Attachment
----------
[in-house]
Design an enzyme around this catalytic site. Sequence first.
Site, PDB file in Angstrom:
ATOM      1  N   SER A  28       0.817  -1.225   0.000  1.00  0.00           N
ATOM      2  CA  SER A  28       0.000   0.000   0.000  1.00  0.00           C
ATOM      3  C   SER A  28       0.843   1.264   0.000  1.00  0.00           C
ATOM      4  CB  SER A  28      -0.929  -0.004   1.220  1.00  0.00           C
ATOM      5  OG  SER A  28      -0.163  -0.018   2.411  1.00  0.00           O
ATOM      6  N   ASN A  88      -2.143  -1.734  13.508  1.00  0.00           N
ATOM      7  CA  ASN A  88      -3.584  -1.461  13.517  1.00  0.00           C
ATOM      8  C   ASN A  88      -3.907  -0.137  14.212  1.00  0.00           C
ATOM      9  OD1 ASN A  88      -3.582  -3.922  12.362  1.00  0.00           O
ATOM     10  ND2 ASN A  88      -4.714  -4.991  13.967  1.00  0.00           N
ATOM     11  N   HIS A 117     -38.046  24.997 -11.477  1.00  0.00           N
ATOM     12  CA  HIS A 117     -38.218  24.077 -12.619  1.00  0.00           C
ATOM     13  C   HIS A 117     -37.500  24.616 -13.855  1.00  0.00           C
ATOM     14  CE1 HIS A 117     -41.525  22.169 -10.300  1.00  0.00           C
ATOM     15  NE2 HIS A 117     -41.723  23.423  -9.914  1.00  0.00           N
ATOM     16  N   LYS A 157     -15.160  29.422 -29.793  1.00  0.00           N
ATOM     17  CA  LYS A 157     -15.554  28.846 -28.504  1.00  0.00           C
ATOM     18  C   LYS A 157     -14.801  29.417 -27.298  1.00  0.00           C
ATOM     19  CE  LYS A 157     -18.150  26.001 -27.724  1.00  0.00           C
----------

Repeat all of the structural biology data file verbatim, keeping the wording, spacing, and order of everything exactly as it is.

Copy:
[in-house]
Design an enzyme around this catalytic site. Sequence first.
Site, PDB file in Angstrom:
ATOM      1  N   SER A  28       0.817  -1.225   0.000  1.00  0.00           N
ATOM      2  CA  SER A  28       0.000   0.000   0.000  1.00  0.00           C
ATOM      3  C   SER A  28       0.843   1.264   0.000  1.00  0.00           C
ATOM      4  CB  SER A  28      -0.929  -0.004   1.220  1.00  0.00           C
ATOM      5  OG  SER A  28      -0.163  -0.018   2.411  1.00  0.00           O
ATOM      6  N   ASN A  88      -2.143  -1.734  13.508  1.00  0.00           N
ATOM      7  CA  ASN A  88      -3.584  -1.461  13.517  1.00  0.00           C
ATOM      8  C   ASN A  88      -3.907  -0.137  14.212  1.00  0.00           C
ATOM      9  OD1 ASN A  88      -3.582  -3.922  12.362  1.00  0.00           O
ATOM     10  ND2 ASN A  88      -4.714  -4.991  13.967  1.00  0.00           N
ATOM     11  N   HIS A 117     -38.046  24.997 -11.477  1.00  0.00           N
ATOM     12  CA  HIS A 117     -38.218  24.077 -12.619  1.00  0.00           C
ATOM     13  C   HIS A 117     -37.500  24.616 -13.855  1.00  0.00           C
ATOM     14  CE1 HIS A 117     -41.525  22.169 -10.300  1.00  0.00           C
ATOM     15  NE2 HIS A 117     -41.723  23.423  -9.914  1.00  0.00           N
ATOM     16  N   LYS A 157     -15.160  29.422 -29.793  1.00  0.00           N
ATOM     17  CA  LYS A 157     -15.554  28.846 -28.504  1.00  0.00           C
ATOM     18  C   LYS A 157     -14.801  29.417 -27.298  1.00  0.00           C
ATOM     19  CE  LYS A 157     -18.150  26.001 -27.724  1.00  0.00           C